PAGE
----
Background: Scorpion venom causes renal injury and affects vascular ion-channels function.
Centruroides margaritatus scorpion is found in Colombia and is frequently the cause of envenomation
accidents; however, its renal impact has never been investigated.
Objective: To evaluate the effects of C. margaritatus venom (CmV) on renal parameters using isolated
rat kidney and renal cell culture models.
Methods: Wistar rats (n = 5, weighing 240-300 g) were first perfused with Krebs-Henseleit solution containing
6 g 100 mL-1 bovine serum albumin. After 30 minutes, the kidneys were perfused with CmV to a
final concentration of 10 μgmL-1; evaluation was performed by measuring Perfusion Pressure (PP), Renal
Vascular Resistance (RVR), Urinary Flow (UF), Glomerular Filtration Rate (GFR), and percentage of
electrolyte tubular transport. Moreover, kidney histological analyses and cell cytotoxicity in renal tubule
epithelial cells (MDCK) and proximal tubular cells (LLC-MK2) were assessed.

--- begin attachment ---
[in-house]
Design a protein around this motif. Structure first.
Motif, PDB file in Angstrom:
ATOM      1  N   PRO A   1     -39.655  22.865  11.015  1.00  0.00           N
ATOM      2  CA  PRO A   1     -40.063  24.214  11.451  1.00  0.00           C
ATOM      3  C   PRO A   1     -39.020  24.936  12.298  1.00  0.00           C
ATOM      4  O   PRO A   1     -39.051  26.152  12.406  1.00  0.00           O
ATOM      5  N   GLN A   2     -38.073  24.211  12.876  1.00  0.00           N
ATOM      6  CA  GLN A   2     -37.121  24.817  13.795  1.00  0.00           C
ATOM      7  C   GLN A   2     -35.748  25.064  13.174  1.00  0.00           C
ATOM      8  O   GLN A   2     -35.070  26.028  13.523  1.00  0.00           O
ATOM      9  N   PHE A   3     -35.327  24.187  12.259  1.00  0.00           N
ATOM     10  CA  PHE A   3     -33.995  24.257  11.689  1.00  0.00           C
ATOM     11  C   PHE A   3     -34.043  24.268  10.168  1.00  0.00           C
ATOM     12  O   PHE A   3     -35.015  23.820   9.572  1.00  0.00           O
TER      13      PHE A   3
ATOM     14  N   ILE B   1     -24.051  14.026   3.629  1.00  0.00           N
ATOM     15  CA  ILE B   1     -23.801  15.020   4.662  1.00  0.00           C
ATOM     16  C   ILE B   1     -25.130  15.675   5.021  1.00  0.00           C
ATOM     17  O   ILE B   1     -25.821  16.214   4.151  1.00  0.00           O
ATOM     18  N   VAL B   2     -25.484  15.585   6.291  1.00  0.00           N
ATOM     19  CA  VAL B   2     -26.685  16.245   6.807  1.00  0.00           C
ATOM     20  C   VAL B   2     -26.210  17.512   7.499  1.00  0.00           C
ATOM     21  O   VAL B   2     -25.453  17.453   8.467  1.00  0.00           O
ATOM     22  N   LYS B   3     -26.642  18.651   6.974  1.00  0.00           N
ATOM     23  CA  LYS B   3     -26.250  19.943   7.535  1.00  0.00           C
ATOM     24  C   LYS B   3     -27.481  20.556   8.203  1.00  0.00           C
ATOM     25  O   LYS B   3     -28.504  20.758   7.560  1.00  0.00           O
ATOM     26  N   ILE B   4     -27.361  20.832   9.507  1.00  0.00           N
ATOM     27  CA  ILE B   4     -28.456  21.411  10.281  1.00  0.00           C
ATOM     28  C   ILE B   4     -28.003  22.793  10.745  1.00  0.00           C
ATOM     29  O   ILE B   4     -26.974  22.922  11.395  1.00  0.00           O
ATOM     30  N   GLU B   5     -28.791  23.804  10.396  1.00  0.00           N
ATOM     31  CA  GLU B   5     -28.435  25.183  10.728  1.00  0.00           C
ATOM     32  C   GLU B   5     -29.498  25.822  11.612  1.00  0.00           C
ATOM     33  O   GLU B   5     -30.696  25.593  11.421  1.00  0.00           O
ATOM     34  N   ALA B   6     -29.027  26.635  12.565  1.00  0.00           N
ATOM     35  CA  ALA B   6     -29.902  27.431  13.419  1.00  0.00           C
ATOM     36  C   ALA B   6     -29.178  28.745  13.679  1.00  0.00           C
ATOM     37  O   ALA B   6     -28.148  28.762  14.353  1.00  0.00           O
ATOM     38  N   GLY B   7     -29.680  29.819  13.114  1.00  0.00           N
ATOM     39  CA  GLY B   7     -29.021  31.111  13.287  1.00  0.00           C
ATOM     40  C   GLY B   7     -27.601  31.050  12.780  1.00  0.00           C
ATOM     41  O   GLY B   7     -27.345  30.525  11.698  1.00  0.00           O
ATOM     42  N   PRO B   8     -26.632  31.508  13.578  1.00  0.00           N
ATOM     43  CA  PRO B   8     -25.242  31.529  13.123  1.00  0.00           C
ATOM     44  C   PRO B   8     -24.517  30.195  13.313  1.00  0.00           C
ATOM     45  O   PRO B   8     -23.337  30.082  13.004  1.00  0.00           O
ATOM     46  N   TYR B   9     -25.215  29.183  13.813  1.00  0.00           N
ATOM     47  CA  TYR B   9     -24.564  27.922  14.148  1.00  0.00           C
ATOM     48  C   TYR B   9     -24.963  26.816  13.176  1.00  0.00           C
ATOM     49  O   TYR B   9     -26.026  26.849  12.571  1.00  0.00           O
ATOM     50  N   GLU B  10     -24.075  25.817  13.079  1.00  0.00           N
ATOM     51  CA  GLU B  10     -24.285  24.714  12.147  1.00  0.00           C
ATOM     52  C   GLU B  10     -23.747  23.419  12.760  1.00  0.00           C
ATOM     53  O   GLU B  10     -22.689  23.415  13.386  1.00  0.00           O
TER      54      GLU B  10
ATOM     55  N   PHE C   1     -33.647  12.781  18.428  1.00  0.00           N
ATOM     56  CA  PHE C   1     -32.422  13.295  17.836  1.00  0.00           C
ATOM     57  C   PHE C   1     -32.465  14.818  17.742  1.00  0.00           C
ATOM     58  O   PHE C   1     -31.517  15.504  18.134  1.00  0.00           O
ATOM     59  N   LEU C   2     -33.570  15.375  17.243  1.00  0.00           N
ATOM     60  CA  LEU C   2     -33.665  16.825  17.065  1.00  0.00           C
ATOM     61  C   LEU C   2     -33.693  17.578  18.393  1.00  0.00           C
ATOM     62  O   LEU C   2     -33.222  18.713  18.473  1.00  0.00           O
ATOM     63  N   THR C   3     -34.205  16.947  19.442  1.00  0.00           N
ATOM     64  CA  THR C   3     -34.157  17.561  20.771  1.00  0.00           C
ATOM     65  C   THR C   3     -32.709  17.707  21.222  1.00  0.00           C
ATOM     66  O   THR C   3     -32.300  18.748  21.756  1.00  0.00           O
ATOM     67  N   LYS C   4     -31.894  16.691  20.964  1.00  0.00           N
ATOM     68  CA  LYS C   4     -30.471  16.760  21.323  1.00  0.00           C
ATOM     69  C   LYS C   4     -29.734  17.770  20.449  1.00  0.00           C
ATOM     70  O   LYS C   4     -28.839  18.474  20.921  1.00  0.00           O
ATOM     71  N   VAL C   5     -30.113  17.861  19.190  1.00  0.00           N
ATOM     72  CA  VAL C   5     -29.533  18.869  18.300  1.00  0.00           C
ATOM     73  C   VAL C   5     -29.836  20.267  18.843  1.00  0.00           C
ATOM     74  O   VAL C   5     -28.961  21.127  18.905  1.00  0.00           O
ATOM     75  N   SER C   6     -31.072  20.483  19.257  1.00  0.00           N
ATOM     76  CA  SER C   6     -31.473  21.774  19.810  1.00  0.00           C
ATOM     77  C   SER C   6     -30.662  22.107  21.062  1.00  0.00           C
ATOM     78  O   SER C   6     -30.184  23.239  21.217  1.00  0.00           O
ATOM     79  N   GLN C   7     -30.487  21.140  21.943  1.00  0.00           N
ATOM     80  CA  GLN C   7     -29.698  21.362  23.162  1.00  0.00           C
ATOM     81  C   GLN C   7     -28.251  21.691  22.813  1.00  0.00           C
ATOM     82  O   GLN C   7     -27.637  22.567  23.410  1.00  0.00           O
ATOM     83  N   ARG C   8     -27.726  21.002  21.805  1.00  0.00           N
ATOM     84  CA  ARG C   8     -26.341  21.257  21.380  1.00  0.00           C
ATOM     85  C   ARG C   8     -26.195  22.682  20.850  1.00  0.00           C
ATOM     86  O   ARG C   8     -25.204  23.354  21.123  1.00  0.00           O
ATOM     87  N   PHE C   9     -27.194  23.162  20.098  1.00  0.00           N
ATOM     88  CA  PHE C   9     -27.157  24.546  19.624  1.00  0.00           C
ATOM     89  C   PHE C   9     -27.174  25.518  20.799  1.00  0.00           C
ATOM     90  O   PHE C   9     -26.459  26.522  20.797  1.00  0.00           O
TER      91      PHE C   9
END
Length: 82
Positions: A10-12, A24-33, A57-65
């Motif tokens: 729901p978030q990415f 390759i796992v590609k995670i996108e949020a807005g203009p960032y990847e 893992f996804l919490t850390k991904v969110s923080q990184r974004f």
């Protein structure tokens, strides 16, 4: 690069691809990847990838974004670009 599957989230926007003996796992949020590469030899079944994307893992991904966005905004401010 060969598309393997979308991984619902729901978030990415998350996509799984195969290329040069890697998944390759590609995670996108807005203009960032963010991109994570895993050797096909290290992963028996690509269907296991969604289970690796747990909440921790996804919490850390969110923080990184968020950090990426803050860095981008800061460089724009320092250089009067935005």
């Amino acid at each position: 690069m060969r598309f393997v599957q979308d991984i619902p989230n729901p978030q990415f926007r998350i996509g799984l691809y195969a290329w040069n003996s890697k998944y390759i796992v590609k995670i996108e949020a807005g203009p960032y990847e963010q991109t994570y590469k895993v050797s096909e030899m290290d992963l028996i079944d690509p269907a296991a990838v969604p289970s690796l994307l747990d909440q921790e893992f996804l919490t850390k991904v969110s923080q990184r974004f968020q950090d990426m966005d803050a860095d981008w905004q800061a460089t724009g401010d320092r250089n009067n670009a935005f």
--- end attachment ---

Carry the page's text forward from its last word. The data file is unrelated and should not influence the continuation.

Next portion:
Results: CmV increased PP and RVR 60 min after perfusion. On the other hand, UF, GFR, and the percentages
of sodium, potassium and chloride tubular transport decreased after experimental envenomation.
UF dropped after 120 min, while GFR and percentage of electrolyte tubular transport diminished after 60,
90 and 120 min. CmV was not toxic to MDCK cell line but reduced the viability of LLC-MK2 cells at
concentrations ranging from 6.25 to 200 μgmL-1. Histological analyses disclosed hydropic degeneration,
edema, and protein deposits. Flow cytometry disclosed that cell death occurred predominantly by necrosis.
Conclusion: Our results suggest that C. margaritatus venom can trigger renal impairment, mainly in the
proximal kidney tubule.